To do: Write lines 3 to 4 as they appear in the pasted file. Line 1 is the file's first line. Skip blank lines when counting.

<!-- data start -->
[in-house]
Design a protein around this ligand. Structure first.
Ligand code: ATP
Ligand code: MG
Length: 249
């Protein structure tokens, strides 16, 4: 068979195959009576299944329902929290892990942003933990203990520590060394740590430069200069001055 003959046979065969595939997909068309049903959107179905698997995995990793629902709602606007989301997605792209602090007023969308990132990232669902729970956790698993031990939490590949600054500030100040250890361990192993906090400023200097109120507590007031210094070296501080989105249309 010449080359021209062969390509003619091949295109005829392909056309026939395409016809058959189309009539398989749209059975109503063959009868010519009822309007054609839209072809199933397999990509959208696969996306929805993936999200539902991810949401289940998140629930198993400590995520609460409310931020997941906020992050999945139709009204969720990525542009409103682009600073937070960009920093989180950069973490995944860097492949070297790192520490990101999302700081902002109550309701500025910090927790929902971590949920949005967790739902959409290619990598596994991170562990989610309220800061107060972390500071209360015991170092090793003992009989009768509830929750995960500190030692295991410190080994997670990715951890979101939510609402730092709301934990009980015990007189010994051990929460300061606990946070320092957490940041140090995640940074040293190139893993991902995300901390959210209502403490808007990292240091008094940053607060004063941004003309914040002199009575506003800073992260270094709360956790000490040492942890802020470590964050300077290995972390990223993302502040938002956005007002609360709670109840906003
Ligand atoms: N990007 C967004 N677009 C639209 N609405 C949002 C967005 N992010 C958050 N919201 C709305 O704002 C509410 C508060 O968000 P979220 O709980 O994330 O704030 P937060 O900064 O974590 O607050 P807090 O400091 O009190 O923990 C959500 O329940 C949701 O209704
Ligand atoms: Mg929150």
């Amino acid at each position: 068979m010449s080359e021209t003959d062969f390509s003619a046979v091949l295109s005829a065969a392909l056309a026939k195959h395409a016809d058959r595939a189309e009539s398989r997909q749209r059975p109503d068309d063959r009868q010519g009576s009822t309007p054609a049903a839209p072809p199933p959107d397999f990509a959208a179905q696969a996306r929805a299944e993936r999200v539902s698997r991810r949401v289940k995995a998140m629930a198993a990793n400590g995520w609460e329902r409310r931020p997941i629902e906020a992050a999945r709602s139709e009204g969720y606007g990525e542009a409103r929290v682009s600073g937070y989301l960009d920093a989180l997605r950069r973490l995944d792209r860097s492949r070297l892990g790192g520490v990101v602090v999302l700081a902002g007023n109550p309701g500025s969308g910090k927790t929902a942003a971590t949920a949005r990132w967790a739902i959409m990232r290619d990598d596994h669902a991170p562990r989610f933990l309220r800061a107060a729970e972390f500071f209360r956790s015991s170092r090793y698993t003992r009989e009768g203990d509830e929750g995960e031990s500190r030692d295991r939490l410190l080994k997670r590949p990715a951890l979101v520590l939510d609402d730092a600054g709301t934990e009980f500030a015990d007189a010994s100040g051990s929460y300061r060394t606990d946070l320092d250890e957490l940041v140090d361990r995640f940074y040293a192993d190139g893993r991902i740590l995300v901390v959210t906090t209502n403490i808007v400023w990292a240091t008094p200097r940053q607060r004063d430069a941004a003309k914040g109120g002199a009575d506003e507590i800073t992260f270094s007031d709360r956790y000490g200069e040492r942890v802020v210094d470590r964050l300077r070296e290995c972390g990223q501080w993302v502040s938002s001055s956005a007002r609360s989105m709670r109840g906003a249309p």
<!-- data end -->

Ligand code: ATP
Ligand code: MG